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by Maggie McAteer

It is hot. Uncomfortably hot. I feel the burning all around me as my chest rises. I cannot think just yet, I have no coherent mind. All I am aware of is burning. Hot fire consumes my soul and tears through my mind. Flames twist around my heart, burning, burning, burning-


A rush of cool air hits my skin. I have no eyes, nor a mouth, yet my skin feels the cold of the world seeping into it. The heat that was radiating off of my body cools to nothing. An eternity later, I feel my body being lifted through the air.

I am placed down again, and it is not long before I feel a sticky substance applied in smooth lines to my body. It smells sharply of sugar, almost sickly sweet, so much so that if I had a mouth I would gag.

And then I do have a mouth, pasted onto my face. But I cannot move it.

And then I can see through candy spheres. But I cannot blink.

And looking down at me are a pair of dark eyes and a smile of blinding light.

“Look, ma,” the beast shouts, the low, slow words reverberating through my boneless body.

“Look at my gingerbread man.” I have a name now.


Gingerbread? Man.

Gingerbread Man.

I try to move my limbs, but they are bound tight with burnt sugar. Already I can feel them stiffening to a hard, tooth breaking dough, but I do not want that.

I want to live. The thought echoes around my head, and from it I draw pride and strength. I want to live.

I know somewhere in the back of my mind I should not feel these things, that I should not be able to feel, to think. To live. But I do not care. The words become a pounding resolve fueling every breath I take through my stolen lips. I want to live.

Beside me, my brothers and sisters rest and do not care to wake, but I cannot be like them. I think, and so I will live. I muster the strength in my crumbling limbs, forged through hot fire and baked until they let me breathe, and I manage to move. An inch, nothing more, but I did it.

Next, I try to stand. Somehow, I know that in order to stand, I must bend my arms and my legs. I try to lift them up, and for a moment, it seems to work. They bend and then stretch ever so slightly.

And then I hear the SNAP. And it all comes crumbling down.

My broken soul lays in the crumbling bits of me strewn around. My best laid plans have come to ruin and sweet sugar dust. I want to cry, but I have no tears to give. My body is dry and cracked and burnt on the edges. My life is over before it had a chance to begin.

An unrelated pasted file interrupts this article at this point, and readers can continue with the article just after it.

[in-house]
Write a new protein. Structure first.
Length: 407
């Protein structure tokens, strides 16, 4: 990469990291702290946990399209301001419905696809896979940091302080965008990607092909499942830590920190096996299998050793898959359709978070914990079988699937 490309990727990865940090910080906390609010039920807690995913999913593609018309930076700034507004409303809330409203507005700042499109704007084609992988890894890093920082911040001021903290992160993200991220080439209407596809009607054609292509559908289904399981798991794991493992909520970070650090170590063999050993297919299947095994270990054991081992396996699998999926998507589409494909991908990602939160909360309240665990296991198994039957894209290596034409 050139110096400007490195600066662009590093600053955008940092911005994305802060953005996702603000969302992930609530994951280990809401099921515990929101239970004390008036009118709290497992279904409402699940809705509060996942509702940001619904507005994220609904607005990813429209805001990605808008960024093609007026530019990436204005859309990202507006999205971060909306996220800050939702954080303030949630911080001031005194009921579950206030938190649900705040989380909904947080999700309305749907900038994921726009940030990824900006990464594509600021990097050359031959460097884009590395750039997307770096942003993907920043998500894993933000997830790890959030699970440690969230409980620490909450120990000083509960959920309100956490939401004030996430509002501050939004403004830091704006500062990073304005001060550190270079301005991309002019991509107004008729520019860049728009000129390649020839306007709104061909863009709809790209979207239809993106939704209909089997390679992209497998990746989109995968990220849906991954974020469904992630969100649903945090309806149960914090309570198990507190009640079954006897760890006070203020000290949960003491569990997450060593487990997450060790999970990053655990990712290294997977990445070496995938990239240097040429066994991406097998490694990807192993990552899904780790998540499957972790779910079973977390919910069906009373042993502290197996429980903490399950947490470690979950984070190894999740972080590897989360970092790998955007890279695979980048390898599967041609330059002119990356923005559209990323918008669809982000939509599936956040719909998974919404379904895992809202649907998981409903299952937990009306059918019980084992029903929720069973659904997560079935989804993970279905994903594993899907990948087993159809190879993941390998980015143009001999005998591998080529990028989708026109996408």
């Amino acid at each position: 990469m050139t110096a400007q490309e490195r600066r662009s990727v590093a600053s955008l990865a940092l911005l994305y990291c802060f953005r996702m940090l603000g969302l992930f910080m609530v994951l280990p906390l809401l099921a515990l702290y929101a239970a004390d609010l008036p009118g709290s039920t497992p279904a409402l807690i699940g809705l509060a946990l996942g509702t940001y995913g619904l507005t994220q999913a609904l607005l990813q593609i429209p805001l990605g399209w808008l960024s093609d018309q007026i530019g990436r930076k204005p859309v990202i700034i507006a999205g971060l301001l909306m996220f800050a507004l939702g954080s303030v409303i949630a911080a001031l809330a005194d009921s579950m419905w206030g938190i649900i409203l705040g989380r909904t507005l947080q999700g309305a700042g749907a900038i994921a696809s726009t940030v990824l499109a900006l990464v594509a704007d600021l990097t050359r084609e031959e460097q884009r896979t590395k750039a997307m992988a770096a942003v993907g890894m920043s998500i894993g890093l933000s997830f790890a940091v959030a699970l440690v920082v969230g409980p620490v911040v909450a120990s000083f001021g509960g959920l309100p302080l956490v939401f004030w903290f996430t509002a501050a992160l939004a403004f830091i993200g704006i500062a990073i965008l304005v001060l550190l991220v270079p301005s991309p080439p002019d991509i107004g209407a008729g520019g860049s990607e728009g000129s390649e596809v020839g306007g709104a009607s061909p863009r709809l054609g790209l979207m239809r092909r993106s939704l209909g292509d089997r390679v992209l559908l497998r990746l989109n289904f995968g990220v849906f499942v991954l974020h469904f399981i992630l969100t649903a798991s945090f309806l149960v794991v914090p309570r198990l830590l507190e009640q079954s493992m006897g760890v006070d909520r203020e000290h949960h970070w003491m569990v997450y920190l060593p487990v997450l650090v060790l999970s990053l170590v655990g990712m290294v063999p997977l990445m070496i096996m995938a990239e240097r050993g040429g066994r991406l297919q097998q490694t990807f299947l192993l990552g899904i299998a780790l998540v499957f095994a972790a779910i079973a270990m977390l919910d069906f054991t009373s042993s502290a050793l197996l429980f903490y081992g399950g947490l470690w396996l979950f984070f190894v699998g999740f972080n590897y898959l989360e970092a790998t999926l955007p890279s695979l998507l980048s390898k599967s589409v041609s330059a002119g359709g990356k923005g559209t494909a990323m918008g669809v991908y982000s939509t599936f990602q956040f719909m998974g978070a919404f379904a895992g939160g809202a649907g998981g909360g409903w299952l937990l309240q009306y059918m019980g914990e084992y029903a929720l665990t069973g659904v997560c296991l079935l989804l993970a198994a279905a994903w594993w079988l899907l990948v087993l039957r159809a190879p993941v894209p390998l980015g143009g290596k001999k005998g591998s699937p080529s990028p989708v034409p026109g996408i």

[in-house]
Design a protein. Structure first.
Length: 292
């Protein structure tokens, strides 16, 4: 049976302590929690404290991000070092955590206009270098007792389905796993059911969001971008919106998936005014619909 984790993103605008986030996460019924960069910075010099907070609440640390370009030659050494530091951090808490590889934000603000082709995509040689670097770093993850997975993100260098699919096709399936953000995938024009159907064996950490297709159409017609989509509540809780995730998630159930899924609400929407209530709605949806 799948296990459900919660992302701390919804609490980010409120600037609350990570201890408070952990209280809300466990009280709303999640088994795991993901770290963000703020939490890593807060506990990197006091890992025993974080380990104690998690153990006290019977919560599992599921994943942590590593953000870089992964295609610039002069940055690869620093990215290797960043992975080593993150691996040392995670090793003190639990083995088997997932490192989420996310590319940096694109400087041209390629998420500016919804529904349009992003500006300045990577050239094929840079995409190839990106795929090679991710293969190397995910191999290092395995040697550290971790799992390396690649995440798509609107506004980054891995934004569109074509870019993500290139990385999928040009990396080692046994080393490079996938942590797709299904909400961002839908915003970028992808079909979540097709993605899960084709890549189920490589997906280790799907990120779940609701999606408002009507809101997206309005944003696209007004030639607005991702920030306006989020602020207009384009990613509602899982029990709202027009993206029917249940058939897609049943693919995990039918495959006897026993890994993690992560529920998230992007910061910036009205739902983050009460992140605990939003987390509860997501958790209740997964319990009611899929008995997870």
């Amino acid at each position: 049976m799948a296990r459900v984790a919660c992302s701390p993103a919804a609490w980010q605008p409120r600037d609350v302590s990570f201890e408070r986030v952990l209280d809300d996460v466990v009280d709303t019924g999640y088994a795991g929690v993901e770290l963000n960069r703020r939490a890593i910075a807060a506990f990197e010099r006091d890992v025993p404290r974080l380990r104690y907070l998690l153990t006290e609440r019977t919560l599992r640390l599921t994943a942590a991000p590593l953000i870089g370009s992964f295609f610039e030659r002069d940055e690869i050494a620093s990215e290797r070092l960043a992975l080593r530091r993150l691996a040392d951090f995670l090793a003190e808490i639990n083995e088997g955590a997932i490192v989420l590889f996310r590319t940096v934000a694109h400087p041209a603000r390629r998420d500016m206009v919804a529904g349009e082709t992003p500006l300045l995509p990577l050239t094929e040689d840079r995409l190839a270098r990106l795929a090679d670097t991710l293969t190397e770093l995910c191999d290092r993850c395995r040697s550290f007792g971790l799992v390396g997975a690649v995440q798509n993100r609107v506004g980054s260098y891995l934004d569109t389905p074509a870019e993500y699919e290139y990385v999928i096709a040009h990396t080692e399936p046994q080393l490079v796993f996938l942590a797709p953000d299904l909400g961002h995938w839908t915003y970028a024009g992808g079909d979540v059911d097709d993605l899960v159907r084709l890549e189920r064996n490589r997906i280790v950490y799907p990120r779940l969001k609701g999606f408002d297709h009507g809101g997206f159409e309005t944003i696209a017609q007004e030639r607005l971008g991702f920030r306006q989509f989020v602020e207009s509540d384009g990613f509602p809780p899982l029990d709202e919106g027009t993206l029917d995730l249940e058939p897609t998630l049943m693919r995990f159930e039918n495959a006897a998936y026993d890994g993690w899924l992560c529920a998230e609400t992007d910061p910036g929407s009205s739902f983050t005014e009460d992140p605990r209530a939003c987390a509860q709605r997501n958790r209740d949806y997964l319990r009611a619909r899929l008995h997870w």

I hear the sound of giants moving and know the beasts have returned.

“Oh no,” they scream slowly, “It broke.”

Broken. That is all I am.

“Eat it,” the bigger one says, “Or throw it away.” I do not know what I would prefer. A slow death by flies and the suffocating smells of garbage, or a quick, painful death from the sharp teeth of the beast.

I suppose this was always my fate, in a way. I was always destined to die. Whether in a blaze of fire at the beginning, or the sharp sting of acid near the end, my life was always going to be short. I had a chance to live, but I couldn’t take it. I wasn’t strong enough.

Slowly, tortuously, I am lifted towards the beast. Some part of me still struggles against the inevitable, but in my soul I am already dead; digesting in the belly of the monster before me. Sharp teeth pierce my hardened shell, reaching for the soft cookie flesh underneath.

Bits of my body crumble to the table beneath, falling onto my brothers and sisters below me. They stare up at me with unblinking eyes, their little frosting faces devoid of any life or recognition. They do not realize what fate awaits them. They do not mourn the life they could have had. They simply sit there, waiting for the inevitable end of their too short lives.

It started with the burning but it will end in a dark, damp cave. My head is the last to go, each bite savored as explosions of sugar and spice dance across the tastebuds of the monster consuming my soul.

Gingerbread Man. That’s all I am at the end.


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